Motor Claims Festival Legal session – More questions than answers remain around legal reforms

There continues to be more questions than answers surrounding the whiplash reform programme despite the introduction date already being pushed back twice this year, and now set for April 2021.

Initiated in 2015 the reforms which according to the Ministry of Justice are aimed to ‘reduce insurance costs for ordinary motorists by tackling the continuing high number and cost of whiplash claims’ were planned for introduction in April this year but in February it was announced delays until August 2020. On 21 April, in light of the impact the COVID-19 pandemic has had on medical, legal and insurance sectors, the implementation was again pushed back to April 2021.

Donna Scully, co-owner and director, Carpenters Group expressed her concerns around the reforms, citing how important it is to get such legislation right first time – ‘If it’s going to be perfect there is a lot to be done. It’s the detail – we need to get that right and I am concerned by that. We need to move and get together on this,’ she said. ‘It’s always harder to go back and fix something rather than get it right in the first place.’

Donna was one of four panellists contributing to the ‘New world legal services – will the reforms ever happen?’ session as part of I Love Claims’ digital Motor Claims Festival. Joining Donna were: Craig Budsworth, legal director – credit hire; John Gibson, motor services director, Keoghs; and Samantha Ramen, partner and director of market affairs, Keoghs.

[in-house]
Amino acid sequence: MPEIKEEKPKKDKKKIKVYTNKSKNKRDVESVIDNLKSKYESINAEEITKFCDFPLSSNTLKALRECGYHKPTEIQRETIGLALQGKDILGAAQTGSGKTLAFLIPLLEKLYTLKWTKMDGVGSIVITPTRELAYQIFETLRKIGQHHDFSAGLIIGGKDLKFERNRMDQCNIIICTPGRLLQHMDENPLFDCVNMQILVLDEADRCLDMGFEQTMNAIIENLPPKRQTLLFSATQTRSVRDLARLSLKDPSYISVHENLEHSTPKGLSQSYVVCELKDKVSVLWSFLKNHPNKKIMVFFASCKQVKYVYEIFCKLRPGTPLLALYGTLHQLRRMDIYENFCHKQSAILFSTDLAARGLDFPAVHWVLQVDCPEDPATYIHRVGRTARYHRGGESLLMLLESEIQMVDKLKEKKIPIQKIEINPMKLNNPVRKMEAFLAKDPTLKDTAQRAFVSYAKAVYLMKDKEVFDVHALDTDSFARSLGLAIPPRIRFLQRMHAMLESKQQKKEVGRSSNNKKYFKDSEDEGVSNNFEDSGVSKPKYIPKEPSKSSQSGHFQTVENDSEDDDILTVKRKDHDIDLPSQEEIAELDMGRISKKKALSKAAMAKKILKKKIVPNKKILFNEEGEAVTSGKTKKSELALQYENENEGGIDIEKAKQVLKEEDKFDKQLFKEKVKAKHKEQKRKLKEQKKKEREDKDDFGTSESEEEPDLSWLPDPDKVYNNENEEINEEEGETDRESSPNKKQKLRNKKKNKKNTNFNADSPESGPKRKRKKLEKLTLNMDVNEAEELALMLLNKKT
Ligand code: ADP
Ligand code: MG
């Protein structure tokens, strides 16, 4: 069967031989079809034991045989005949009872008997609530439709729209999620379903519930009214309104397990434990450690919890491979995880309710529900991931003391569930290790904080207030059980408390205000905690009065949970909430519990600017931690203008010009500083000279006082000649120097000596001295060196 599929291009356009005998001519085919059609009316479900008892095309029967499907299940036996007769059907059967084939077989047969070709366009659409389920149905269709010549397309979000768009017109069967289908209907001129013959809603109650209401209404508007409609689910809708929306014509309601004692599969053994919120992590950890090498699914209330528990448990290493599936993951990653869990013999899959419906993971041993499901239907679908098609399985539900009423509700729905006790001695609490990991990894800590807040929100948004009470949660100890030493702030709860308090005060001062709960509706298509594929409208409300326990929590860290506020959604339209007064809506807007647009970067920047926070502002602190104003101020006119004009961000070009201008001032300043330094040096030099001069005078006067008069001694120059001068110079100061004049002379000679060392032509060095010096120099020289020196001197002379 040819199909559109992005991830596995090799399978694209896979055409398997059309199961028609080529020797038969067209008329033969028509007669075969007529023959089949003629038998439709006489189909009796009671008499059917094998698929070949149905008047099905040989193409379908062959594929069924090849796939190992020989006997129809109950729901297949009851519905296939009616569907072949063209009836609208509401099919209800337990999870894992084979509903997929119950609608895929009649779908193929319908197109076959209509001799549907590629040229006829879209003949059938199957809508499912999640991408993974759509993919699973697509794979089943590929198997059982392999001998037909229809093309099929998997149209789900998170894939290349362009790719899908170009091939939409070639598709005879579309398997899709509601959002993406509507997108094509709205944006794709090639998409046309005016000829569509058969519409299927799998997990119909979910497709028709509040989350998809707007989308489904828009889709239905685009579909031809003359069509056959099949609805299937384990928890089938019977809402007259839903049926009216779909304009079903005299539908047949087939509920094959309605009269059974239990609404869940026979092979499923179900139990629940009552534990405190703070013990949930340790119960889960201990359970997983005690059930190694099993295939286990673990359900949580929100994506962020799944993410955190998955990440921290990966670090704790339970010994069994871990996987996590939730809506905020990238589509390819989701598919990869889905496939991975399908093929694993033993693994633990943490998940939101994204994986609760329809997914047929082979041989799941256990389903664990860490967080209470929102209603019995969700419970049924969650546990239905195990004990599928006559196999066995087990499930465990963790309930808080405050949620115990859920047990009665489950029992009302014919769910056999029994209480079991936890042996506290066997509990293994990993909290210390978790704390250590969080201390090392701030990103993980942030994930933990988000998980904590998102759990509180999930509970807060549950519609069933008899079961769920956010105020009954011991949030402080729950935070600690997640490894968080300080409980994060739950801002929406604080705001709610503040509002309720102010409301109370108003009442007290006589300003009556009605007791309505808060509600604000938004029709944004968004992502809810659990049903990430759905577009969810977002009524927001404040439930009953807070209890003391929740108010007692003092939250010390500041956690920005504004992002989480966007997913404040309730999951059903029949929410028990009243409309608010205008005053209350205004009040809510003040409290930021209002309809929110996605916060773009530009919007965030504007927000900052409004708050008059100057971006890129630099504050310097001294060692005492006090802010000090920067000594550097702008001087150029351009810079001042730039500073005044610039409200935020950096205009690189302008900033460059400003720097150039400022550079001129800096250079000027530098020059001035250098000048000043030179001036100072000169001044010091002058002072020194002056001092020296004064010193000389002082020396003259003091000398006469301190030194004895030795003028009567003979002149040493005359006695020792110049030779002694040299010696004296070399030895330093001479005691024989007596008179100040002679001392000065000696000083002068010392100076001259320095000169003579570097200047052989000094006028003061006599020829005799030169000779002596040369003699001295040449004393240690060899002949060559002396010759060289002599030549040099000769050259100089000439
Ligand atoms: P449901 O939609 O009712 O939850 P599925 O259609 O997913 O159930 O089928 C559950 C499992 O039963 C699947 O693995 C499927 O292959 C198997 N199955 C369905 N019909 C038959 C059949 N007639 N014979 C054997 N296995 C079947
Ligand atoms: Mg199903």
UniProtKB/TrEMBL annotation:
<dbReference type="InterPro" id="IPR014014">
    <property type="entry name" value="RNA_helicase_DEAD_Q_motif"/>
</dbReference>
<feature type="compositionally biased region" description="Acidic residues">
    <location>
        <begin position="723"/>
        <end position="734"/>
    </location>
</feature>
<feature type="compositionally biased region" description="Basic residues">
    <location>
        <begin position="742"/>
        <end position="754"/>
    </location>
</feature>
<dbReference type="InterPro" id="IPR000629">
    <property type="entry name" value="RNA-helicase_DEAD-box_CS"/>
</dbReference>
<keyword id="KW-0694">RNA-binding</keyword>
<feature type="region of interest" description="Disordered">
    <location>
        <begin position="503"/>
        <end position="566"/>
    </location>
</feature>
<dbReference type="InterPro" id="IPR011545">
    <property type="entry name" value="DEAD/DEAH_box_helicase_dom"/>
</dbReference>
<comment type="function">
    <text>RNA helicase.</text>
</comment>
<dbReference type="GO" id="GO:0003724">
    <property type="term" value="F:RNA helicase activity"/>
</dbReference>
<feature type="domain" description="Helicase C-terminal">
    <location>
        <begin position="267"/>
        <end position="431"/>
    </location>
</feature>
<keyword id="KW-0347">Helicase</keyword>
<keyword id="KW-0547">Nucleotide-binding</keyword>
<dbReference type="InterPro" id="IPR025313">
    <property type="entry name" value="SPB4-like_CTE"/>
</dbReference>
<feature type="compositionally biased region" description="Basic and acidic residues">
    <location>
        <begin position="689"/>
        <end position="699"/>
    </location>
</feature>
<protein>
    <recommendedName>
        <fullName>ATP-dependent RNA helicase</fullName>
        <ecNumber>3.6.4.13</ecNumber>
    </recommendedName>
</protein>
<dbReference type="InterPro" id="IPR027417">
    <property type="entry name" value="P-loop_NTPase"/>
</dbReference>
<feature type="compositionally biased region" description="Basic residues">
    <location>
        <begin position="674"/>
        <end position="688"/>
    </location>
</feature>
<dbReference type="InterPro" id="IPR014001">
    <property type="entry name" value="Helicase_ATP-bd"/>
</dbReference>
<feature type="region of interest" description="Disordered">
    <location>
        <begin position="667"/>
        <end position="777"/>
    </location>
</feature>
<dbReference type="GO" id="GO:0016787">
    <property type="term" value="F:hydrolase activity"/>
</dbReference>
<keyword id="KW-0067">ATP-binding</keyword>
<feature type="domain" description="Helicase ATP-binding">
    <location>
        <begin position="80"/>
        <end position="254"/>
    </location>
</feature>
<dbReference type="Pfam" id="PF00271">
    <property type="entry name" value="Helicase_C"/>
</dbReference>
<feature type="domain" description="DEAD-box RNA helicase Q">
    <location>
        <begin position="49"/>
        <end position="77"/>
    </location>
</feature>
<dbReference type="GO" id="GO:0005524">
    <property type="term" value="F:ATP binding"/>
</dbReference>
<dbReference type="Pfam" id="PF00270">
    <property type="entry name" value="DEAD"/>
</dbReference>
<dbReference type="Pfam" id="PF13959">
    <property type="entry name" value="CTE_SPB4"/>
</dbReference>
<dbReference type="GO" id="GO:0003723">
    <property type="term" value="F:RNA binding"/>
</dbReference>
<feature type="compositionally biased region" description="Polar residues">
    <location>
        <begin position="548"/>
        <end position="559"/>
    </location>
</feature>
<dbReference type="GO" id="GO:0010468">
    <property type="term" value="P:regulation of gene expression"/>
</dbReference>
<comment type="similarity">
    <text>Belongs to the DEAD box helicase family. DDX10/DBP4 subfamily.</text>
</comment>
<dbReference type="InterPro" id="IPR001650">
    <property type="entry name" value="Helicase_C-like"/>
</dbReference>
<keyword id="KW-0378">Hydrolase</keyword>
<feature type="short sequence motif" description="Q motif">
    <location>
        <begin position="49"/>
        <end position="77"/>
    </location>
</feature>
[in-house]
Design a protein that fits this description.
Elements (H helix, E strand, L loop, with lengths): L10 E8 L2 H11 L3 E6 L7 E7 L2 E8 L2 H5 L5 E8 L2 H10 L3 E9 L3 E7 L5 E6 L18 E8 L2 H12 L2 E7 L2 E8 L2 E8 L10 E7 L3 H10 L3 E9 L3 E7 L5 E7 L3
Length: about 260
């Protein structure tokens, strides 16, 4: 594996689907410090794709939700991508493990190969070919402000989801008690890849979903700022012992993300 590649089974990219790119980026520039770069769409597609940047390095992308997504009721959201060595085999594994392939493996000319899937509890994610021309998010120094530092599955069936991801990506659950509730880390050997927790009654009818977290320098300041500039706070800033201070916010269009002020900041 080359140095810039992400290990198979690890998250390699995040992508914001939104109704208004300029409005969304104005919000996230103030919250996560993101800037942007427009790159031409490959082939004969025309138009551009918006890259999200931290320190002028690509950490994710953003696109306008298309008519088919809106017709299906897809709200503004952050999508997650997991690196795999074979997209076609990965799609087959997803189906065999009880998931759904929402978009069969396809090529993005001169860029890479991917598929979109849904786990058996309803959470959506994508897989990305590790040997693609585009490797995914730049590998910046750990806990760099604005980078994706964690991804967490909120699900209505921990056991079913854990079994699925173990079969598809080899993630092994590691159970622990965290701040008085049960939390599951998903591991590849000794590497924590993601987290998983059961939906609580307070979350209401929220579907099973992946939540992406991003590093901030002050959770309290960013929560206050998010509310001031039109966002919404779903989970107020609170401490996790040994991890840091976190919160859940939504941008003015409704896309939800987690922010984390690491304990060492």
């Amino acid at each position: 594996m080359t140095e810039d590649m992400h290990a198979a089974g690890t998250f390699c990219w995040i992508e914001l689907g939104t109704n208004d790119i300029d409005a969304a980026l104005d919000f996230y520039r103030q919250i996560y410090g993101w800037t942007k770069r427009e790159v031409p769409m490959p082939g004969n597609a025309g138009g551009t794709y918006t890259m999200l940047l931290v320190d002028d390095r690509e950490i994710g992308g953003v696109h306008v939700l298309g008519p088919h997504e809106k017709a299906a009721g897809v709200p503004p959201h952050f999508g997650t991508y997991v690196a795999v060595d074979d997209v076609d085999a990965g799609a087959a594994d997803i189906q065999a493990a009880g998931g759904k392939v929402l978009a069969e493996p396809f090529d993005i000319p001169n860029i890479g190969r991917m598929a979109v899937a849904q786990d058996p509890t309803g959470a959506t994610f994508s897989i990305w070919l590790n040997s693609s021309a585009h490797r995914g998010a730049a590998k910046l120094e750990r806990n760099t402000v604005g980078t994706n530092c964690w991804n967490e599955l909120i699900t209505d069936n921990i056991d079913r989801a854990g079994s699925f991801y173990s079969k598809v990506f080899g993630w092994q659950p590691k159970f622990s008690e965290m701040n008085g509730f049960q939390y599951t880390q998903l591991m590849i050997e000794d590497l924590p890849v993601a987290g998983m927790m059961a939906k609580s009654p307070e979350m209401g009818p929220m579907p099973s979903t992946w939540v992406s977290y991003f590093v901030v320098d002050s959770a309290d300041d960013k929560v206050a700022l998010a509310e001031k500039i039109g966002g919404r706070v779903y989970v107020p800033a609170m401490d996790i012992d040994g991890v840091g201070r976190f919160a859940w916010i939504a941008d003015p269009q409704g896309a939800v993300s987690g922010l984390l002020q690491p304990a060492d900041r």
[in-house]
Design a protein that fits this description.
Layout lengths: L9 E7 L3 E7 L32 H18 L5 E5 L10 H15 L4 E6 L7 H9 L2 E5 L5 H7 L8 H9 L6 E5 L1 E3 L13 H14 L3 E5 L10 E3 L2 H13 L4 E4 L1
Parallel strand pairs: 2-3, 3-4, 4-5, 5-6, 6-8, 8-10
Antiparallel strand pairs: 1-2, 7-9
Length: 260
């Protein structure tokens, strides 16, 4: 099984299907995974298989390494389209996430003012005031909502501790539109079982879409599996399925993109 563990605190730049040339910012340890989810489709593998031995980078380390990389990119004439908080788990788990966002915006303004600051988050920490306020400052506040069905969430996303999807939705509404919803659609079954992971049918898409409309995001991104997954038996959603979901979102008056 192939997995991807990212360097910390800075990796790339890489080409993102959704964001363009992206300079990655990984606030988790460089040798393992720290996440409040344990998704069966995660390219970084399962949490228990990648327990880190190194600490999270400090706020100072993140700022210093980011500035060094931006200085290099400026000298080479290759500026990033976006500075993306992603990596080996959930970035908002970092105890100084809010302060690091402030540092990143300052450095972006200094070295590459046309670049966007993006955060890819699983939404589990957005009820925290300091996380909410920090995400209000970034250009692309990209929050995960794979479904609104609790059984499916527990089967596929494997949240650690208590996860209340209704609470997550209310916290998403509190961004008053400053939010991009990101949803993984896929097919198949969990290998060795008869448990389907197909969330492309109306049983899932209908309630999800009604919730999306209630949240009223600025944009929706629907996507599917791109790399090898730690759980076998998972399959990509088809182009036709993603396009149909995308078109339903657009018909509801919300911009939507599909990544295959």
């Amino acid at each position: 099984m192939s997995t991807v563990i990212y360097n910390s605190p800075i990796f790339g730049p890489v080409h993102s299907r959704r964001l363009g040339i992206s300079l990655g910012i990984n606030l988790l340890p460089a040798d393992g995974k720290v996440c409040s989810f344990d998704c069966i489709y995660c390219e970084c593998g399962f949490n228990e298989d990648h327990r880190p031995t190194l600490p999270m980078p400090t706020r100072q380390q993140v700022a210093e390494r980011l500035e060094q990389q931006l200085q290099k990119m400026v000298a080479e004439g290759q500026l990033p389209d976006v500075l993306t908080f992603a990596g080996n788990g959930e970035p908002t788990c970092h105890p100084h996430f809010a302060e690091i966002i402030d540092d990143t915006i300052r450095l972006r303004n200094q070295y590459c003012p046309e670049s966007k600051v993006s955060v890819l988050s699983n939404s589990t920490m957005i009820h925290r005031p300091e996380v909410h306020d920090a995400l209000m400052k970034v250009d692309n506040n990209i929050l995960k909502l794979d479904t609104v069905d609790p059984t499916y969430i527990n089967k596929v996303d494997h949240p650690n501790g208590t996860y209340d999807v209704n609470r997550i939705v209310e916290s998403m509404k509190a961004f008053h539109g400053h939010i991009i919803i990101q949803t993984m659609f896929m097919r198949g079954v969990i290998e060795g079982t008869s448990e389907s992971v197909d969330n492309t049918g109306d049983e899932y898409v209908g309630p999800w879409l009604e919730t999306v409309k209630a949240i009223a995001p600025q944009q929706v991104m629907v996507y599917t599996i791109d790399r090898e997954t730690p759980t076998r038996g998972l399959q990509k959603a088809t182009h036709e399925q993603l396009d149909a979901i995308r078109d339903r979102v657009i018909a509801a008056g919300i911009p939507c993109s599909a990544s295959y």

All things legal

Exploring all things ‘legal’, the session provided an update and future look at the ongoing whiplash reforms and explored the current landscape and future of credit hire.

Providing a timeline overview of the reforms, dating back to 2015, Samantha said the ministerial statement delaying the implementation until April 2021 also stated the government will continue to monitor developments in relation to the current pandemic and will, if necessary, make further announcements.

‘It is very difficult right now for government to be able to 100% say what is going to happen to any policy because there is so much uncertainty. That doesn’t really leave us in a great place but I don’t really think there’s any other option,’ explained Samantha.

Donna said, ‘COVID-19 is an issue, Brexit is also an issue – I do worry that at a time we are being hit in every way possible is it right to bring in a big bit of legislation like this? We want to get it right and it shouldn’t be rushed.’

Part two

Stage two of the reforms consider s five key areas: credit hire; rehab; early notification of claims; recovery of disbursements; and the points based personal injury analysis.

‘When we talk about stage two, most of us are focused on credit hire and rehab because that’s the majority of claims we see but let’s not forget the other three underlying points are potentially massive parts of the reform,’ explained Craig.

He continued, ‘If they are not going to look at this until April 2021, that’s four years after they originally came out with a response  and so much has changed – case law has changed if you are just looking at credit hire.’

John agreed, ‘It’s taken us this long to get this stage done – is stage two going to be relevant when we finally get stage two up and running?’

‘I think it will come down to the powers of government and the appetite to do it and a part of me says will this just go into the box of ‘are there bigger fish to fry’ but that’s not me saying it’s not important.’